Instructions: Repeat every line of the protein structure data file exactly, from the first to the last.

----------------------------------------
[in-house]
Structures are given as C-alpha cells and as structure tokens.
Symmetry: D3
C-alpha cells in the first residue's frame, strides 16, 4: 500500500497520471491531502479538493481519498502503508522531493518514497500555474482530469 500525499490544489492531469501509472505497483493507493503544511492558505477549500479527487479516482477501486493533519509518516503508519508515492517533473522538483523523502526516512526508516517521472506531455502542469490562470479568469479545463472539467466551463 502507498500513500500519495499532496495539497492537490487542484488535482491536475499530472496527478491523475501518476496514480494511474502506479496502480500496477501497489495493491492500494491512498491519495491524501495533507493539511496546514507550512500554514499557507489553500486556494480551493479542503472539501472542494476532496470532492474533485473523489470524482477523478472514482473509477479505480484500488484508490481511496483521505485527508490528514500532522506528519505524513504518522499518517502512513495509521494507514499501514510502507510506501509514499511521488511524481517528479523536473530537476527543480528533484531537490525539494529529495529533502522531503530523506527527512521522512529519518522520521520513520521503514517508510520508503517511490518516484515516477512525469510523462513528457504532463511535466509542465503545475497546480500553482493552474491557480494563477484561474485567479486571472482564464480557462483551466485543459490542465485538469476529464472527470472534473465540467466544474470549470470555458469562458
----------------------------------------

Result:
[in-house]
Structures are given as C-alpha cells and as structure tokens.
Symmetry: D3
C-alpha cells in the first residue's frame, strides 16, 4: 500500500497520471491531502479538493481519498502503508522531493518514497500555474482530469 500525499490544489492531469501509472505497483493507493503544511492558505477549500479527487479516482477501486493533519509518516503508519508515492517533473522538483523523502526516512526508516517521472506531455502542469490562470479568469479545463472539467466551463 502507498500513500500519495499532496495539497492537490487542484488535482491536475499530472496527478491523475501518476496514480494511474502506479496502480500496477501497489495493491492500494491512498491519495491524501495533507493539511496546514507550512500554514499557507489553500486556494480551493479542503472539501472542494476532496470532492474533485473523489470524482477523478472514482473509477479505480484500488484508490481511496483521505485527508490528514500532522506528519505524513504518522499518517502512513495509521494507514499501514510502507510506501509514499511521488511524481517528479523536473530537476527543480528533484531537490525539494529529495529533502522531503530523506527527512521522512529519518522520521520513520521503514517508510520508503517511490518516484515516477512525469510523462513528457504532463511535466509542465503545475497546480500553482493552474491557480494563477484561474485567479486571472482564464480557462483551466485543459490542465485538469476529464472527470472534473465540467466544474470549470470555458469562458